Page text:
For anyone who has read my recent series on the Theranos scandal and the lack of objective coverage provided by the Silicon Valley media, you know that I firmly believe that our industry is vulnerable to a similar scenario.
By the way, you can access the Theranos and Procurement post archive through the following link; https://procureinsights.wordpress.com/theranos-and-procurement/
The Theranos admission that there was a serious and widespread problem with their test results, is what I consider to be the exclamation point behind the need for a free and independent media – in any industry.
“Theranos Inc. has told federal health regulators that the company voided two years of results from its Edison blood-testing devices, according to a person familiar with the matter… The company has told the Centers for Medicare and Medicaid Services that it has issued tens of thousands of corrected blood-test reports to doctors and patients, voiding some results and revising others, according to the person familiar with the matter. – Theranos just issued an “Oops, our bad” notice by Paul Reynolds
As I read the above excerpt from the Reynolds post, I was immediately reminded of the failure on the part of the procurement industry’s media to report on service provider issues.
It is almost as if our industry’s media looks the other way, giving service providers the chance to fix potentially serious problems in the shadows, without said providers having to interrupt their sales cycles and ability to meet street revenue expectations. It would also explain why so many initiatives have failed over the years.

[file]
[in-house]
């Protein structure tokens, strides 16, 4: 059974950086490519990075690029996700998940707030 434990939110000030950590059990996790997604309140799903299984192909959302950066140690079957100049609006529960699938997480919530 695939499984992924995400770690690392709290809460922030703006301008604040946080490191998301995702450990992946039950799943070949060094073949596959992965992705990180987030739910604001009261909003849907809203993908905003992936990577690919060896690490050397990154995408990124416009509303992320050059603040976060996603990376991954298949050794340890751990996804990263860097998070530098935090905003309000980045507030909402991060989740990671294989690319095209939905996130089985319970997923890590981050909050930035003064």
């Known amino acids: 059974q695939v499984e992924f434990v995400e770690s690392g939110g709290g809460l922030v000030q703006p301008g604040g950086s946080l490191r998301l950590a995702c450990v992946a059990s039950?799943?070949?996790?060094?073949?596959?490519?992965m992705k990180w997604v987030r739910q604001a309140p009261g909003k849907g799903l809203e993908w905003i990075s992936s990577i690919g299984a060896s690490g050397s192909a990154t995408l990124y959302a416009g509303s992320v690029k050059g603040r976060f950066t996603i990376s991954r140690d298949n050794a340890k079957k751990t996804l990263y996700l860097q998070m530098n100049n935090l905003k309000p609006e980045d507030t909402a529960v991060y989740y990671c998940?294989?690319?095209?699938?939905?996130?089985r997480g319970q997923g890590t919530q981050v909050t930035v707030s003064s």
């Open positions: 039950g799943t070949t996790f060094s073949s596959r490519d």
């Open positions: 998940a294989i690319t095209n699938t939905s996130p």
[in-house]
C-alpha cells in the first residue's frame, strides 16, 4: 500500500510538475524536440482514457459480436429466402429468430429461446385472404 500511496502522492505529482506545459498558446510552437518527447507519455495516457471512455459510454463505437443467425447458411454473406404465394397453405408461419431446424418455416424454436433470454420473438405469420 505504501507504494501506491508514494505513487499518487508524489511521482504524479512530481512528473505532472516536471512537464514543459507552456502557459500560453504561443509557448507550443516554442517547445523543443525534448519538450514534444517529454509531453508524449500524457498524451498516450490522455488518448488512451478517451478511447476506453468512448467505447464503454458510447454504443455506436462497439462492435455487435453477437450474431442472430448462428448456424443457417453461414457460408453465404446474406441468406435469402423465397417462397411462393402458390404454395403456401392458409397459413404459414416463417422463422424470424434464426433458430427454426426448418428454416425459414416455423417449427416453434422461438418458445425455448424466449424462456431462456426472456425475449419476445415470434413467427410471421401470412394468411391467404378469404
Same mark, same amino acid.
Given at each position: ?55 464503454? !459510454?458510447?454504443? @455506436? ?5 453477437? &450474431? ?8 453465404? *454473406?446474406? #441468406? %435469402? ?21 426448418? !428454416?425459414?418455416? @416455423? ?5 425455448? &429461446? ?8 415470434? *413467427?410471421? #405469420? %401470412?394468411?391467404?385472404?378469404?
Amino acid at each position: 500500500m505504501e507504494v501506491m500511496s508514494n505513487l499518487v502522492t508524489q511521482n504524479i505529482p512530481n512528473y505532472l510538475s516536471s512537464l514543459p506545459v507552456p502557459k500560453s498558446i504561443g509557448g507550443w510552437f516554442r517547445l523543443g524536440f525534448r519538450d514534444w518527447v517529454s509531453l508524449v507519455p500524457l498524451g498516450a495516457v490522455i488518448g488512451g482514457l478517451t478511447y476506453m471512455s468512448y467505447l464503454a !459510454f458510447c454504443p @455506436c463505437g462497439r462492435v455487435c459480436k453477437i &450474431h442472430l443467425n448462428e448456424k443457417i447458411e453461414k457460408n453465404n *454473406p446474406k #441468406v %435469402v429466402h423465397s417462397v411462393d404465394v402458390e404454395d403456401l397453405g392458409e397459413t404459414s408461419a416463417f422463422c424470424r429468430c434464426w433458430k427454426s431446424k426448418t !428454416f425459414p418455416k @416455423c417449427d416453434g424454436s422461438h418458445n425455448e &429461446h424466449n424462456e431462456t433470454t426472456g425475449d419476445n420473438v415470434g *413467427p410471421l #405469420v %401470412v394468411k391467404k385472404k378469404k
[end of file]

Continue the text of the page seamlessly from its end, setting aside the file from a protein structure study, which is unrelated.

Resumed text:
Fortunately, and due to the courage of The Wall Street Journal’s John Carreyrou to seek the truth – despite the threats of litigation from a team of high powered lawyers, the whispered concerns regarding the viability of the Theranos product came to light.
While the consequences of the lack of meaningful and unbiased coverage of Theranos is obviously far more serious and broader in its impact, the parallels with the procurement industry’s media is no less troubling.
That the company is abandoning the “Big Lie” means it’s game-over. Someone has looked at the data and said “Yeah, it doesn’t work” and the threat of actual jail-time means they aren’t going to cover it up anymore. – Theranos just issued an “Oops, our bad” notice by Paul Reynolds
Ultimately, this was the motivation for my series on Theranos and Procurement.
A Telling Poll?
During our recent IACCM Webinar, Kelly Barner and I posed the question does procurement need (deserve) independent media coverage? The response was somewhat surprising, as the majority indicated that they not only need but want an independent media.
Take a few seconds to cast your vote, and let me know what you think.